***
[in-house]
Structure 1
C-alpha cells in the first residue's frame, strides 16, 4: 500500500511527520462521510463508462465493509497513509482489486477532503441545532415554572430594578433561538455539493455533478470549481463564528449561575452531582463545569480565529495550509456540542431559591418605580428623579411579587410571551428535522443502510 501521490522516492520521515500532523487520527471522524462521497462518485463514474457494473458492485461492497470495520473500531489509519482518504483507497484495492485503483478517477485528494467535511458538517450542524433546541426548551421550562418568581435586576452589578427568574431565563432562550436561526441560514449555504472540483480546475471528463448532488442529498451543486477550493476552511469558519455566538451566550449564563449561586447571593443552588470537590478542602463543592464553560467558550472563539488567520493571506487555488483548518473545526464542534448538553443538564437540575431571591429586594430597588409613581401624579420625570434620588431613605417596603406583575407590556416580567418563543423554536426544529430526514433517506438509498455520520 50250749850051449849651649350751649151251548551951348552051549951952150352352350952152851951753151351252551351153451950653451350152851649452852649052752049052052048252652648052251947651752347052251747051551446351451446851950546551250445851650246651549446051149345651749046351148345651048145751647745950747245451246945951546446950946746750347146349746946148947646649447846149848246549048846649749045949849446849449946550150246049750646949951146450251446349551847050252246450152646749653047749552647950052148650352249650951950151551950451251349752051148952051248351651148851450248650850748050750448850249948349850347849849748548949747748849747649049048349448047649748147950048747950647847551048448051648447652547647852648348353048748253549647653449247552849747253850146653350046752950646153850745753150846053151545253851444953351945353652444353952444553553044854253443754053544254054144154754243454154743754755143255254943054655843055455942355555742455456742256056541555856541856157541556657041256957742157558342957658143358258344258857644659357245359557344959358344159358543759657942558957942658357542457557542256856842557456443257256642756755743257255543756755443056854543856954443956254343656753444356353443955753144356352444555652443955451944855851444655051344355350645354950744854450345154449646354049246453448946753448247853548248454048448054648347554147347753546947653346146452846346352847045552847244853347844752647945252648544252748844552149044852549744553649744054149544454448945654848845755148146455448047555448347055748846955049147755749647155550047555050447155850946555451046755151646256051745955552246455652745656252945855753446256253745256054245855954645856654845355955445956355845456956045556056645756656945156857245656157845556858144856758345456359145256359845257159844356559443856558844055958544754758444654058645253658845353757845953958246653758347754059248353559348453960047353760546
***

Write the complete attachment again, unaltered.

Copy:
[in-house]
Structure 1
C-alpha cells in the first residue's frame, strides 16, 4: 500500500511527520462521510463508462465493509497513509482489486477532503441545532415554572430594578433561538455539493455533478470549481463564528449561575452531582463545569480565529495550509456540542431559591418605580428623579411579587410571551428535522443502510 501521490522516492520521515500532523487520527471522524462521497462518485463514474457494473458492485461492497470495520473500531489509519482518504483507497484495492485503483478517477485528494467535511458538517450542524433546541426548551421550562418568581435586576452589578427568574431565563432562550436561526441560514449555504472540483480546475471528463448532488442529498451543486477550493476552511469558519455566538451566550449564563449561586447571593443552588470537590478542602463543592464553560467558550472563539488567520493571506487555488483548518473545526464542534448538553443538564437540575431571591429586594430597588409613581401624579420625570434620588431613605417596603406583575407590556416580567418563543423554536426544529430526514433517506438509498455520520 50250749850051449849651649350751649151251548551951348552051549951952150352352350952152851951753151351252551351153451950653451350152851649452852649052752049052052048252652648052251947651752347052251747051551446351451446851950546551250445851650246651549446051149345651749046351148345651048145751647745950747245451246945951546446950946746750347146349746946148947646649447846149848246549048846649749045949849446849449946550150246049750646949951146450251446349551847050252246450152646749653047749552647950052148650352249650951950151551950451251349752051148952051248351651148851450248650850748050750448850249948349850347849849748548949747748849747649049048349448047649748147950048747950647847551048448051648447652547647852648348353048748253549647653449247552849747253850146653350046752950646153850745753150846053151545253851444953351945353652444353952444553553044854253443754053544254054144154754243454154743754755143255254943054655843055455942355555742455456742256056541555856541856157541556657041256957742157558342957658143358258344258857644659357245359557344959358344159358543759657942558957942658357542457557542256856842557456443257256642756755743257255543756755443056854543856954443956254343656753444356353443955753144356352444555652443955451944855851444655051344355350645354950744854450345154449646354049246453448946753448247853548248454048448054648347554147347753546947653346146452846346352847045552847244853347844752647945252648544252748844552149044852549744553649744054149544454448945654848845755148146455448047555448347055748846955049147755749647155550047555050447155850946555451046755151646256051745955552246455652745656252945855753446256253745256054245855954645856654845355955445956355845456956045556056645756656945156857245656157845556858144856758345456359145256359845257159844356559443856558844055958544754758444654058645253658845353757845953958246653758347754059248353559348453960047353760546